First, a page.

Some of tennis' more restrictive - and sometimes archaic rules lead players to explosions of frustration; more than one has smashed their racket on the court and, in one particularly noteworthy instance, led a player to beat the chair umpire's stand with their racket.
Such displays of temper can cost players points and, often, serious money. And these incidents are not all that rare; hundreds of players have faced penalties for racket abuse.
Tennis is full of decorum and rules to ensure that said decorum is maintained. Before stepping onto the court, it's best that you study up on them lest you find yourself losing points, too.
How Do I Get Into Tennis?
Whether it's the trim outfits or the panache of the action, many who witness a heated match long to see if they too possess that degree of flair. To say nothing of the athletic ability playing tennis requires.
How can you find out whether you have what it takes to get into tennis?
First, you should try the game on for size. Look for free trial classes in your area or maybe a tennis taster session. Is there a Lawn Tennis Association chapter in your town or city? If so, you might consider dropping in on them; they too might host free or low-cost tennis clinics.
You may also talk to any of our Superprof tennis coaches online to find out whether tennis is right for you. There are over 100 tennis Superprofs scattered around the UK; there may be one or more in your neighbourhood.
If, after getting a taste of the game, you still intend to pursue tennis, you should look around for tennis lessons. The first place to check would be your local community centre or sports centre; maybe they have at least one tennis player who wouldn't mind giving lessons.
If you live in a middling-big city, there's a good chance that there'll be a tennis club you could join, where you can find tennis coaches offering group and individual lessons.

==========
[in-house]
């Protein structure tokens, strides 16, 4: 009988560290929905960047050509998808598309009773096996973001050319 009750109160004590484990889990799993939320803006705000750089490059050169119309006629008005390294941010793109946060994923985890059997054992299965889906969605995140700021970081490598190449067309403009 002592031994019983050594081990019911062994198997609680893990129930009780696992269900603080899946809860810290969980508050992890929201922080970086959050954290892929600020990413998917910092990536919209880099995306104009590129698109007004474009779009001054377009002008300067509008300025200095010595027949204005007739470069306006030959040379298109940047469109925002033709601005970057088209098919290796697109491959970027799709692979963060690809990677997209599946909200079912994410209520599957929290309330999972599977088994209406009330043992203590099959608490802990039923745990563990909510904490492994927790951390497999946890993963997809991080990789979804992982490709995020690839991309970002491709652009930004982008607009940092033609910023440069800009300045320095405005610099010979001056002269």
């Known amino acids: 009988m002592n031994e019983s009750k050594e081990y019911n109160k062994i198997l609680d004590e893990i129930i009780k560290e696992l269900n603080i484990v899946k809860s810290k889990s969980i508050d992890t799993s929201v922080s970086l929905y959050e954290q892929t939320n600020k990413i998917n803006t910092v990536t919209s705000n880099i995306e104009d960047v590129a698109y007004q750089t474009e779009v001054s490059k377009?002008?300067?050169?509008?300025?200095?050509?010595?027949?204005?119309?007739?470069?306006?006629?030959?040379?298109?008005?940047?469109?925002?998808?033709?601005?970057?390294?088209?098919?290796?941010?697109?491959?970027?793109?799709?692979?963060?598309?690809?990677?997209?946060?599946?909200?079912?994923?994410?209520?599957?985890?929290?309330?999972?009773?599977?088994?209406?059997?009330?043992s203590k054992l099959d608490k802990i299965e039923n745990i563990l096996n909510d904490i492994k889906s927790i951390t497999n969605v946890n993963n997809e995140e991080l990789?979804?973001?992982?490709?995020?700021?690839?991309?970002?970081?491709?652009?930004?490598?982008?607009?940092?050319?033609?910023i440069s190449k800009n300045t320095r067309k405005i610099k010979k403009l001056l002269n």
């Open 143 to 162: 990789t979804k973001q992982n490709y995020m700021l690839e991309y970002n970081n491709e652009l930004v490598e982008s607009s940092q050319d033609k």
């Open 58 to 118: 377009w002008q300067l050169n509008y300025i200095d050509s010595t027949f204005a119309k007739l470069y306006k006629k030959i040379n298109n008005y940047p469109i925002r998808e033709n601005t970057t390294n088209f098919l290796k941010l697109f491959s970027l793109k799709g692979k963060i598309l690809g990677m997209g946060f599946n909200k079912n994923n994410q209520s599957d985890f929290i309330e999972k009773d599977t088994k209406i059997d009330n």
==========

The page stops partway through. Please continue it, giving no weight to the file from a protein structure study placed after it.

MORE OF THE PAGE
Of course, learning how to hold a racket and hit the ball is not all there is to tennis, you also have to learn all the rules, as well as the scoring system. But you don't necessarily need a coach or instructor for that; you can learn those on your own.
Save your valuable coaching time for learning how to play!
Once you decide to get serious about tennis, you should look into buying what you need to play: a decent racket, a stock of tennis balls and suitable shoes. You might also consider a sun visor and maybe some wristbands so you can quickly arm the sweat from your brow. A small towel would work well, too, but they are not as handy during the game.
As you're planning your purchases, remember to factor in the cost of tennis court rental fees and club membership, if you plan to join.
In all, getting into tennis is not that hard. As soon as you're sure it is a sport you want to invest time and money into, the most difficult part is over... well, except for learning the scoring system.
The Cost of Tennis Lessons
As unsavoury as ending a discussion with money is, that's the tack we want to take because you're going to be pleasantly surprised at how inexpensive tennis playing can be.
Tennis goes by many names: the game of kings, the elite game and so on, all of which imply that it must cost a king's ransom to play. Don't let those names fool you; playing tennis has become far more democratic a pursuit than it used to be. In fact, anybody who wants to can play.
Crisscrossing the UK to discover what prospective tennis players might have to pay, we were astounded to find that, in some places, lessons could be had for as little as £3. In one city a year's worth of court fees amounted to exactly £30 - hardly a princely sum, wouldn't you say?
When considering the cost of tennis lessons, the type and format of the lessons matter, as does your age and ability. For instance, if you were deaf or learning disabled, you might need a tennis coach who is trained to work with special needs.
Let's say you're the head of a household who wants to get the brood moving, and you want to get moving together. You might seek out family tennis lessons. Or, if you move quite enough but you want your kids to have more to do, you might need to find a coach who works with kids.
The bottom line is that the cost of tennis lessons is far more reasonable than you might think and, depending on what you're looking for, you might become at least tennis-proficient much sooner than you thought!
Let us know how you get on, won't you?
The platform that connects tutors and students